This will prevent your dog from eating wood, sticks and dirt

We’ve all seen the pictures of dogs trotting around the yard with a large stick in their mouth, enjoying their time chewing. What you don’t see right away are the dangerous consequences of this habit and the havoc it can wreak for the well-being of your furry family members.

If your dog is constantly eating wood or other foreign objects, it can definitely lead to problems that range from small to heavy. Some common problems include dental problems, which can cause your puppy to need a root canal, or other digestive problems, depending on what he is actually ingesting. Alternatives that you can provide your pup with include chew toys for puppies or tougher toys for adult dogs.

Do branches and wood really pose a serious threat to your dog’s health? In this article, we’re going to discuss the potential dangers of wood chewing and ways you can get your pup to stop!

Why dogs chew things

Chewing is normal behavior for a dog. Their need to chew stems from their basic instincts and their own unique way of keeping their teeth healthy. While our furry companion is not a wild dog, their domestication hasn’t eliminated their desire to chew and bite the items in their presence. A dog’s love for chewing is in its DNA!

Chewing is also a way for dogs to explore the world around them. “For a dog, chewing is like a person who opens a door and looks into a room,” says the chairman of the British Canine Behavior Association. Your yard is essentially their playground to explore, and sticks and wood are extremely satisfying objects for a puppy to chew during their adventures.

While we cannot eliminate the need to chew our pups, we can understand the reasons behind the want and try to provide them with safe chewing opportunities!

Reasons Your Dog May Be Chewing Wood

There are several reasons your pup might resort to chews and wood in your yard. This instinctive behavior can be aggravated by other conditions. Hence, it is important to educate yourself about the problems of dog chewing. From toothache to boredom, here are some of the most common reasons:

Toothache: This is an especially common reason in young puppies and growing dogs. Just like children, puppies have pain with growing teeth. Moving and waxing your teeth can cause major discomfort, where chewing on objects can help relieve that pain. It offers them the same relief as a cold teether for a teething toddler.

Boredom: Boredom can lead our dogs to behave destructively. If your puppy is overwhelmed with boredom, he may be looking for something that will take his time. Chewing on a stick could be the perfect solution to this problem, no matter how risky it is!

Separation anxiety: Similar to boredom, separation anxiety causes a dog to engage in destructive behavior. A stressed puppy may feel the need to chew, and chewing and eating wood can act as an outlet for stress.

You like the taste: Oddly enough, your dog may find the twigs and bark in the yard incredibly delicious. You might very well eat the bark for your dietetic pleasure. Some types of bark are known to be delicious for dogs. So don’t be surprised if your puppy wants to nibble on your tree.

Have to chew: Some dogs are more likely to chew than others. Some dogs require constant chewing stimulation and chew whatever they can get their paws on without adequate distraction.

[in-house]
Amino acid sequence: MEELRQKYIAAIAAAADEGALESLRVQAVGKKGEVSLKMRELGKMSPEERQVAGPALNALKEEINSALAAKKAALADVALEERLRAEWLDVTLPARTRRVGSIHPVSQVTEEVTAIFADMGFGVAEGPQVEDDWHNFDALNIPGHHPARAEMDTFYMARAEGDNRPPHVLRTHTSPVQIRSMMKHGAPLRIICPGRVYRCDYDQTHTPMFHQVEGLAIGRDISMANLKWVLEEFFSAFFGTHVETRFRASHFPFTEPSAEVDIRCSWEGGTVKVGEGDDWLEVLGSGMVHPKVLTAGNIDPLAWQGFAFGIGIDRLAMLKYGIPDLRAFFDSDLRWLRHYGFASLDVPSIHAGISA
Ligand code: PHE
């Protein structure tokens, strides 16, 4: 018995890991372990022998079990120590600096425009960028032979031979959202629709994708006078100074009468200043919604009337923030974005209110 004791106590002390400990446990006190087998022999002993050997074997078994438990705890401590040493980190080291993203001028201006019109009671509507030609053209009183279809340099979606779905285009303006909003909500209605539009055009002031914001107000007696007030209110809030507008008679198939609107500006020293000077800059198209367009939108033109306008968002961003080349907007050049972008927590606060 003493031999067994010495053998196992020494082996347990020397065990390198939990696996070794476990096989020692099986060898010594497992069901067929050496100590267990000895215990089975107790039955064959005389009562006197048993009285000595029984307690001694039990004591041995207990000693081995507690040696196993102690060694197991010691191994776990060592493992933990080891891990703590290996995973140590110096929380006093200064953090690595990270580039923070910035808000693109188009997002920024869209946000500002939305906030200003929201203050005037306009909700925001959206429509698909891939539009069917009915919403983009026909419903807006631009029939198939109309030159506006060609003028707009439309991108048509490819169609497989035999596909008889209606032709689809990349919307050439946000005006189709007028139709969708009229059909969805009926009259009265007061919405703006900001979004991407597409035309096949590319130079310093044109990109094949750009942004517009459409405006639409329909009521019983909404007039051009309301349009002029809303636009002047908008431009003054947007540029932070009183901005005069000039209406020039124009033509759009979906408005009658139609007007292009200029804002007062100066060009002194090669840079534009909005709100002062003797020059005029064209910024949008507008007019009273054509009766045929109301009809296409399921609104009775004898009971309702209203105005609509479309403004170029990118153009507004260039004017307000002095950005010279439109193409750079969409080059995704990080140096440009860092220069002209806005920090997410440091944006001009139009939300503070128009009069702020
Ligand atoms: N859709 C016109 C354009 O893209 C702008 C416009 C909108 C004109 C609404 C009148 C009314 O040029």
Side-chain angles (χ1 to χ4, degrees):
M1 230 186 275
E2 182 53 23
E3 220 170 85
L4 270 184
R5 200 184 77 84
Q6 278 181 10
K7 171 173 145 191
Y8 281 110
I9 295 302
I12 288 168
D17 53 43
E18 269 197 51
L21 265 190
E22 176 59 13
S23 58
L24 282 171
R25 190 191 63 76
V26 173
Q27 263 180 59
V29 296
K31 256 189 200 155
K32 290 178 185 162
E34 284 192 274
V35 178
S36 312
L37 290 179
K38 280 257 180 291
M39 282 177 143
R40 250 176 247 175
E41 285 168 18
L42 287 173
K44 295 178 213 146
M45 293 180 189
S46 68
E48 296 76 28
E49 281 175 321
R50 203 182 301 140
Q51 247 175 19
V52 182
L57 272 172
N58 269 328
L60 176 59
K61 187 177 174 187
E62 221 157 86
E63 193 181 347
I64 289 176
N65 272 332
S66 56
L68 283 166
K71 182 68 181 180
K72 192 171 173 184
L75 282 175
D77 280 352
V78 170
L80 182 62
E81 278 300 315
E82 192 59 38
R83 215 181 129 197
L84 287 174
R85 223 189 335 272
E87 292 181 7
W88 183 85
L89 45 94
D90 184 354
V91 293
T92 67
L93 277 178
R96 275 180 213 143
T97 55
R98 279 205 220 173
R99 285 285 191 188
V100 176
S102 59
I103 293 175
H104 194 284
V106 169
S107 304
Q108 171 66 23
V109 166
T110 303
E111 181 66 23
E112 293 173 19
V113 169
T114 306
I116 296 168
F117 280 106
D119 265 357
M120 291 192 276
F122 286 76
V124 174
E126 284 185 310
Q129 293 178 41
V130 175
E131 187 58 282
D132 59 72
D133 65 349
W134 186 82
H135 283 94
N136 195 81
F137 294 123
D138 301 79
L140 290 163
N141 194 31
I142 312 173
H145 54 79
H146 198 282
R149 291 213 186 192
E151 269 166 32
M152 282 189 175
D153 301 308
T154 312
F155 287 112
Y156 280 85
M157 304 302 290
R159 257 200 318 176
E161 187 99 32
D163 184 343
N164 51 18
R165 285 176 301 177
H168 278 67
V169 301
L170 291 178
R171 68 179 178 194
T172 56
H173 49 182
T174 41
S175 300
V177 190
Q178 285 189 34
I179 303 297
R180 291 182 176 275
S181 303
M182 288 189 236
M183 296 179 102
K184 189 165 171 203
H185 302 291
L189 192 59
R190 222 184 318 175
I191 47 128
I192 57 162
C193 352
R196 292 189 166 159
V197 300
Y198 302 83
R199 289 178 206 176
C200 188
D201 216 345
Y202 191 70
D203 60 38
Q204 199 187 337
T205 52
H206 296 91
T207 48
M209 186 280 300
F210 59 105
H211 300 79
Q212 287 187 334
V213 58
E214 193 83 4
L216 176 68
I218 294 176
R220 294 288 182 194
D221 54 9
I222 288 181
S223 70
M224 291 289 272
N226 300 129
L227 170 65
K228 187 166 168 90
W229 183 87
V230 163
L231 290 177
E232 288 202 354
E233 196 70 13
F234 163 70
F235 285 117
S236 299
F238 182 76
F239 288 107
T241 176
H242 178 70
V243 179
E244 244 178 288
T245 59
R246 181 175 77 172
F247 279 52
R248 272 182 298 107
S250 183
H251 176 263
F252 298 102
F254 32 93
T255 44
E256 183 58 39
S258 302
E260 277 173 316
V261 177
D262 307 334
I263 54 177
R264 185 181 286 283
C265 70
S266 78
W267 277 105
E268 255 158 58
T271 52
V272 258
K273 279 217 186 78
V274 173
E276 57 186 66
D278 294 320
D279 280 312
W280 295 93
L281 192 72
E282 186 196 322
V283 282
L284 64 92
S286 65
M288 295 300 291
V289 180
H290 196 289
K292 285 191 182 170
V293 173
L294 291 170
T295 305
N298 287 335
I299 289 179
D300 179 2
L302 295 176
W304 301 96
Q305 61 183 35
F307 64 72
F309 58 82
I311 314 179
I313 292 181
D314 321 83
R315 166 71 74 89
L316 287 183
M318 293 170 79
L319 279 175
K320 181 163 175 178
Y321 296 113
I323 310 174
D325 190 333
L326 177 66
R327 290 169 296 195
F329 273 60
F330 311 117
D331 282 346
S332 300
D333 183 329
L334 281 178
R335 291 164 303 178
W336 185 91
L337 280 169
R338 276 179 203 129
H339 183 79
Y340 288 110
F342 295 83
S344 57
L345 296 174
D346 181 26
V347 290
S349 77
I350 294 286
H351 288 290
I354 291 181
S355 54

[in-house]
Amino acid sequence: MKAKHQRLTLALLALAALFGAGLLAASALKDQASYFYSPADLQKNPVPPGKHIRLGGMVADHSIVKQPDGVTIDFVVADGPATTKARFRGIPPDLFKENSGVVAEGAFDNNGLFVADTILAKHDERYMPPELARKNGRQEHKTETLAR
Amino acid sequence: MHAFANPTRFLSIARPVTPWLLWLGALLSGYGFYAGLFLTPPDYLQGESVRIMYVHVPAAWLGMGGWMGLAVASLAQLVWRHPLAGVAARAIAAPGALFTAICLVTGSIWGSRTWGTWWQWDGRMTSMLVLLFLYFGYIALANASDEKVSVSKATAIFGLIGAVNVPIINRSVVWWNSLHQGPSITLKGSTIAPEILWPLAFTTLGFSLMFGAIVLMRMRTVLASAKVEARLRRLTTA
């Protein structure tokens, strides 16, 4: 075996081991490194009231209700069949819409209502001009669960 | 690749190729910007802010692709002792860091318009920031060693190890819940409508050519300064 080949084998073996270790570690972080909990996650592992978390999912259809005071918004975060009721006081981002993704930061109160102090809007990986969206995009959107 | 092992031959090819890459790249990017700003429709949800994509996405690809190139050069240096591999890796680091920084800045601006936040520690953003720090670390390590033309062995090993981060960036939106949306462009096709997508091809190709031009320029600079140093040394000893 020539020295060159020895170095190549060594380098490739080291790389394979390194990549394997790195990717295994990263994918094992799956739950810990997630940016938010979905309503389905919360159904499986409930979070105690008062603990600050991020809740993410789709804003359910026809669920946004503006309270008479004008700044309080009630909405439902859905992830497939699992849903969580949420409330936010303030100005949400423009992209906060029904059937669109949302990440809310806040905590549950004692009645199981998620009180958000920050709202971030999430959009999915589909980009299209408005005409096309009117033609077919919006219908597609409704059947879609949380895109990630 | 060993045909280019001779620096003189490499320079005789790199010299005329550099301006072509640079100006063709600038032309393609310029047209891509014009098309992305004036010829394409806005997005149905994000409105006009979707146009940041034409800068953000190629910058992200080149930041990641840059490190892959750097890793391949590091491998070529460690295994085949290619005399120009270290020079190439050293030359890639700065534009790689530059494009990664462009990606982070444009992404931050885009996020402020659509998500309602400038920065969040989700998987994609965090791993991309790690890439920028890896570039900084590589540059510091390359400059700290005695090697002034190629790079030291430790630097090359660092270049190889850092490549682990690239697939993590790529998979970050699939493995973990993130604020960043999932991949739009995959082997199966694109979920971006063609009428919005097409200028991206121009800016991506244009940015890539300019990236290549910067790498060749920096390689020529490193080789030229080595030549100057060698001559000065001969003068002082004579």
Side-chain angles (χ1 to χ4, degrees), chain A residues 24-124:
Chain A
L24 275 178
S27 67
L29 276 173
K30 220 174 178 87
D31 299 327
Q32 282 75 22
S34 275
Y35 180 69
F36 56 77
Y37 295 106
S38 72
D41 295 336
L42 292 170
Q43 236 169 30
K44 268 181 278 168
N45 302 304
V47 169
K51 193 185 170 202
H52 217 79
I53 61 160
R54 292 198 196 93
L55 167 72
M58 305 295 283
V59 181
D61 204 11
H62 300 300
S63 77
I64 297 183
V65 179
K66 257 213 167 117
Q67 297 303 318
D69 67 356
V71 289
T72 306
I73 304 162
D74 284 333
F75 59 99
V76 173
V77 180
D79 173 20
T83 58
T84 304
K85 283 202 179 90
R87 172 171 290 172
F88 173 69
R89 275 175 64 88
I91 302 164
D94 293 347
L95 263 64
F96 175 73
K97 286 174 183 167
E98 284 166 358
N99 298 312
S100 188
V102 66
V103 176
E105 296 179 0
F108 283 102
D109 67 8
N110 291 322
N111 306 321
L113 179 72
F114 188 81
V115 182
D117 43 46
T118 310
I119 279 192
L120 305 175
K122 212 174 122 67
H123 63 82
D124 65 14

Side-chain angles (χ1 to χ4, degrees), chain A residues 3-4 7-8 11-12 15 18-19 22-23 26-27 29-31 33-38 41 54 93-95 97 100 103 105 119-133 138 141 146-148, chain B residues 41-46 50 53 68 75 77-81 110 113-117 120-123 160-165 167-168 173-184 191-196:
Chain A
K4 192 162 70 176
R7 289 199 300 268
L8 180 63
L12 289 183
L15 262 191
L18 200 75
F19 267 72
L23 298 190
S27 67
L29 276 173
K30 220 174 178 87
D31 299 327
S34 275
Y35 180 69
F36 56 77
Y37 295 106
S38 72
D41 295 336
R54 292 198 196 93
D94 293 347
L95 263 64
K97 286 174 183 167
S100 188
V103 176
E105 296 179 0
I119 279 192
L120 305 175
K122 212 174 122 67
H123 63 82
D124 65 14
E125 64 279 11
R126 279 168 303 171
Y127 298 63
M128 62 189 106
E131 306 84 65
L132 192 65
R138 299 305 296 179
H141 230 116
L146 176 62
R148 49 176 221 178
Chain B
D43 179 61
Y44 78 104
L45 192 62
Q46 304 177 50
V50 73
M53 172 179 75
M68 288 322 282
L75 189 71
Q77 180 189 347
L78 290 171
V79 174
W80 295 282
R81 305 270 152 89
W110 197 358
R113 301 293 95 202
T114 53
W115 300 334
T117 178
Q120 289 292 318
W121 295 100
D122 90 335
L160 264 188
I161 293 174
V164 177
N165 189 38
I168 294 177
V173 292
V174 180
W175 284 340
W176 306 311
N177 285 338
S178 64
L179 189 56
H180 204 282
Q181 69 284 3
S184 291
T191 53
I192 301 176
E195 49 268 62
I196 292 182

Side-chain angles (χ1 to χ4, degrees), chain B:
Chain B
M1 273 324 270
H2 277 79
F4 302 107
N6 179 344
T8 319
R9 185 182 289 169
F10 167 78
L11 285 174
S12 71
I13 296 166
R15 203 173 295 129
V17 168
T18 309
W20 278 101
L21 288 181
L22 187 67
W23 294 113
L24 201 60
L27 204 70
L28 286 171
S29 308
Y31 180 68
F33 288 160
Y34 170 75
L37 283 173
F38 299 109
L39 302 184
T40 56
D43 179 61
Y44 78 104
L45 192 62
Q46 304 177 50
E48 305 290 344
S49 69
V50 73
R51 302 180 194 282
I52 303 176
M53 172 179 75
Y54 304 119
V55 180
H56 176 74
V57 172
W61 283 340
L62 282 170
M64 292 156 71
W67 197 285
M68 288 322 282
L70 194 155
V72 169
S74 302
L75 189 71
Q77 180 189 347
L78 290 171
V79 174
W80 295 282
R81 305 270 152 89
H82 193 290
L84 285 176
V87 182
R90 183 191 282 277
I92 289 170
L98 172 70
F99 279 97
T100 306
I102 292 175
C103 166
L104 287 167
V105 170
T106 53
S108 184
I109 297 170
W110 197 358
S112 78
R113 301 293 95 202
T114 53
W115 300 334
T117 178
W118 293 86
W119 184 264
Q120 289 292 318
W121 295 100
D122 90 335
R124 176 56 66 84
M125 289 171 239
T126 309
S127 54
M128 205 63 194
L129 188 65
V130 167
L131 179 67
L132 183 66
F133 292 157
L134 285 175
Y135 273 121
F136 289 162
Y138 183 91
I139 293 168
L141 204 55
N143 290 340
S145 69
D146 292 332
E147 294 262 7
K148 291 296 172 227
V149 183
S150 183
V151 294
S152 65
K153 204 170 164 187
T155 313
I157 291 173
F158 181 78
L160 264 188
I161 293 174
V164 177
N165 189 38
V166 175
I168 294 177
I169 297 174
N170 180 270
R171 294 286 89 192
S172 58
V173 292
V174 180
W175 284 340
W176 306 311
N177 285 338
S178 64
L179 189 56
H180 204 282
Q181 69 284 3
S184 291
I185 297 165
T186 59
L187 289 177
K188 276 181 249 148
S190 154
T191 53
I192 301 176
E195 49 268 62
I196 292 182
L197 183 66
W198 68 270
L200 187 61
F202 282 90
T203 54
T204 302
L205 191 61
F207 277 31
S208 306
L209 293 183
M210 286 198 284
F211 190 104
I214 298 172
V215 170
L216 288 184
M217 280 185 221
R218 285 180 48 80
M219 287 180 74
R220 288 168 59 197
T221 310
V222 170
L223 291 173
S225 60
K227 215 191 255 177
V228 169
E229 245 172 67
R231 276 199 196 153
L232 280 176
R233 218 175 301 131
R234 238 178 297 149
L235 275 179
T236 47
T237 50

Pica: Pica is a disease that causes dogs to eat non-food items. Really, anything can result in a dog experiencing pica. Nausea, stress, anxiety, hunger, or underlying illnesses can cause this strange disorder. If your dog is constantly chewing and eating random items, you may need to speak to your veterinarian about this possible disorder.

Why is it dangerous?

When dogs chew wood, their teeth break the wood into several sharp pieces that can damage their bodies in a number of ways. Think of these parts as hundreds of tiny splinters trying to devastate every part of the body they come in contact with. Something similar happens when your dog plays with foxtails and trips to the vet become extremely expensive. Some of the risks associated with chewing wood are:

Tooth damage: When a dog chews on sticks, he can exert great strength behind every bite. Chewing something with a hard exterior, like wood, can chip or break a tooth. Broken teeth can cause pain and possible infection. This can even lead to abscessed teeth.

Abscesses: When sticks and wood are chewed, hundreds of tiny pieces float around the mouth. These tiny pieces can lodge in the gums and cause an infection under the tissues. If these splinters remain in the mouth, the infection can grow into an abscess. Abscesses are incredibly painful and can cause severe swelling in the affected area.

Damage to the esophagus: Pieces of sticks and wood can be incredibly abrasive to the esophagus if swallowed. This can lead to esophageal damage and severe pain. Imagine swallowing a large piece of wood and how uncomfortable that must be!

GI obstruction: Wood and sticks must not be eaten, so they are not easy to digest. Twigs can get stuck in a pet’s stomach or intestines and cause GI obstruction. If not corrected surgically, a GI obstruction or blockage can be fatal.

Airway obstruction: Due to the irregular shape of the wood and the sticks your dog can swallow, sticks can get stuck in the throat. This can lead to extreme stress and even difficulty breathing. Anything affecting your puppy’s breathing ability is a major medical emergency.

Each of these complications can be incredibly painful, cause serious infections, and even be fatal if left untreated. If you believe your dog has consumed wood or sticks and is concerned about any of the above scenarios, contact your veterinarian as soon as possible.